The panel session included a detailed discussion about statistical content covered in statistics courses for nursing students. Many challenges were discussed related to this topic, including many expectations and pressures placed on students to achieve clinical skills. The curriculum for each nursing degree is quite demanding and is usually focused on developing clinical expertise. Statistics has traditionally not been integrated into the training and other required coursework, too often placing the burden on the student to discover the relevance and presence of statistical knowledge while focused on other important topics. The nursing sciences cover a broad spectrum of interests and types of outcomes related to all aspects of health. Statistical knowledge and methods differ for various types of data. For example, handling psychosocial data may require knowledge of psychometrics and advanced statistical topics related to analysis of correlated data. Analysis of biomarker data may necessitate understanding of longitudinal modeling techniques.

The Table displays statistical content for nursing PhD coursework discussed during the panel session. We have included our recommendations for required and optional content. These are general guidelines, and we deem the chosen required topics to be fundamental statistical topics essential for students pursuing a research-focused doctorate. Many topics chosen as optional are advanced topics, and knowledge of these statistical areas may be necessary for selected students on the basis of their research interests. All of the panelists spoke of extensive experience giving guest lectures to faculty and graduate students on many of the optional topics listed in the Table. Many of these topics can be covered at an introductory and topical level in a guest lecture. This may enable a graduate student or faculty member to make an informed decision about whether further education is needed or desired in this area. It was also noted that learning more deeply about many of the advanced statistical topics listed in the Table require advanced mathematical knowledge of calculus or linear algebra. Coincidentally, an editorial published recently emphasized the need for nurses to invest in mathematics knowledge (Henly, 2012).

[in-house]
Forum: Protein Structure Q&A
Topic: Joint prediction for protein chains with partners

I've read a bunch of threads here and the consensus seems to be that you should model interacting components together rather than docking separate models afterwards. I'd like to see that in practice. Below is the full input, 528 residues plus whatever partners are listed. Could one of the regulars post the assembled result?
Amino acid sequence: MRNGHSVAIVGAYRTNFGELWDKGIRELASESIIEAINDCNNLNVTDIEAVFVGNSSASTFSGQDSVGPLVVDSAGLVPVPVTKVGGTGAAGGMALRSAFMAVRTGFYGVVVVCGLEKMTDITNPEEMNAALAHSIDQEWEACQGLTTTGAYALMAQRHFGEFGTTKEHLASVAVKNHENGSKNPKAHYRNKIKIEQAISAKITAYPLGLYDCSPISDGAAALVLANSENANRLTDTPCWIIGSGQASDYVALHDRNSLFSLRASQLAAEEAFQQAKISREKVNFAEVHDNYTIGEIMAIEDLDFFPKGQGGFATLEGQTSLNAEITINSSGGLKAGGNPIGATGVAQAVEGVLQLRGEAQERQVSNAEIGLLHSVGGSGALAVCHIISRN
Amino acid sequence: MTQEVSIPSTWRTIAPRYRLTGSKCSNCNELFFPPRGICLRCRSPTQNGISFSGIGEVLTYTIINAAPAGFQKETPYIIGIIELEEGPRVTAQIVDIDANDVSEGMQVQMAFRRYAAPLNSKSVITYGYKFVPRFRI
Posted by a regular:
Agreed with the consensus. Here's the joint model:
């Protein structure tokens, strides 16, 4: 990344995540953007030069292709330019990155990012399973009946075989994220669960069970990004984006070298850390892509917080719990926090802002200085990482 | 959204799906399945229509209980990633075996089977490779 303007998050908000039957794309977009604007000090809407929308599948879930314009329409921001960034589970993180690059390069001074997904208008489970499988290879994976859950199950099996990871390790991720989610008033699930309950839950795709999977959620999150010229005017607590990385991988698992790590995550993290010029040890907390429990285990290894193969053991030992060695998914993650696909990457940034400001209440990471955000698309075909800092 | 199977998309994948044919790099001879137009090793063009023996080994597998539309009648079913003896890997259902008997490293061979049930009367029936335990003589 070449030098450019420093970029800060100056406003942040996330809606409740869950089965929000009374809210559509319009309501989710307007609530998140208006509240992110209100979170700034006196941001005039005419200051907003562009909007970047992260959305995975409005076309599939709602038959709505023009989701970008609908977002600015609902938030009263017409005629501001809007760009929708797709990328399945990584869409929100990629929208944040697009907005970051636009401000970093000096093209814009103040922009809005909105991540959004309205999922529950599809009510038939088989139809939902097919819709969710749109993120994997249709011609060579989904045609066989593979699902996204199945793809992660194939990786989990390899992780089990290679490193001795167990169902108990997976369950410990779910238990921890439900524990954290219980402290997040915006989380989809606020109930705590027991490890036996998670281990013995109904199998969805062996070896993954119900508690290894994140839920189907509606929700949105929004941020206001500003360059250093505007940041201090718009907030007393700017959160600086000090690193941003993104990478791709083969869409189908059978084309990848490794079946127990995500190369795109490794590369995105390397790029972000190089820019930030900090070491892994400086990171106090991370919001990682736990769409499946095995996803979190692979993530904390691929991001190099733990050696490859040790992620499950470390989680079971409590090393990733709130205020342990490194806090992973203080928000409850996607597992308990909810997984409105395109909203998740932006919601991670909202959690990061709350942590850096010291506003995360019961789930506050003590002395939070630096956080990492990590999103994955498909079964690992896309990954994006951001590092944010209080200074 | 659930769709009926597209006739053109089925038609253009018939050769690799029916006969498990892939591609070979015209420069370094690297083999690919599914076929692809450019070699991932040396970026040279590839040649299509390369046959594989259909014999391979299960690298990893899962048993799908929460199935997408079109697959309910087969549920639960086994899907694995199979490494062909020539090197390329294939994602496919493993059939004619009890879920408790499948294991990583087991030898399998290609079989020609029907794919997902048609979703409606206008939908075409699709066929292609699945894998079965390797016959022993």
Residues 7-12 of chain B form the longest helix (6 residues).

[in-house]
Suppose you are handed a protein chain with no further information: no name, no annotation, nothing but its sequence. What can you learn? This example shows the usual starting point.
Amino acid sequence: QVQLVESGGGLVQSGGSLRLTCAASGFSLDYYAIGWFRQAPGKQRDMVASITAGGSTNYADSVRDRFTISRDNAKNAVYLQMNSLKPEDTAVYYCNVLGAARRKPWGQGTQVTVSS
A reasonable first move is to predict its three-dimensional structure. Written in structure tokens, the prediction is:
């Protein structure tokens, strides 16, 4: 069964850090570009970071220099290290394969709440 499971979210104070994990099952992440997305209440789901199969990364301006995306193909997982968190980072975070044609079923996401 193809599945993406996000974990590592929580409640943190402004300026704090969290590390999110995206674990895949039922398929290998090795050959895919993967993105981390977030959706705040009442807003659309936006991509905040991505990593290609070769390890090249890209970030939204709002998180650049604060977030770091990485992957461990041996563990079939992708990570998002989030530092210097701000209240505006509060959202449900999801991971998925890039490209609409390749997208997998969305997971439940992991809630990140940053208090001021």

Course Content for Nursing PhD Students

Table: Course Content for Nursing PhD Students

An interesting approach discussed by the panel for deciding on course content was to review statistical methods used in the nursing literature. To date, only one known publication exists on this topic. Zellner, Boerst, and Tabb (2007) studied the most common types of statistical methods used in current nursing research. The authors reviewed 462 articles in the nursing literature and quantified the use of statistical measures. Ten statistical methods most commonly appearing in the nursing literature represented approximately 80% of the statistical measures used. These findings support earlier research into statistical methods used in professional research (Beitz, 1998; Beitz & Robinson, 1997; Polit & Sherman, 1990; Robinson, 2001; Taylor & Muncer, 2000). However, the results of this work may not reflect the vast increase in the use of advanced statistical methods in the nursing literature. For example, the 2012 May/June issue of the journal Nursing Research was a special focus issue on the topic of statistics in nursing research (Hayat, 2012). Of the 10 accepted articles for this special issue, all involved advanced statistical topics, such as analysis of correlated data, statistical considerations in instrument development and measurement, and causal inference. These topics were not included in the findings of Zellner et al. (2007). The panelists reiterated that experiences of consulting and collaborating with nurse scientists had necessitated the use of many of the topics cited as optional in the Table.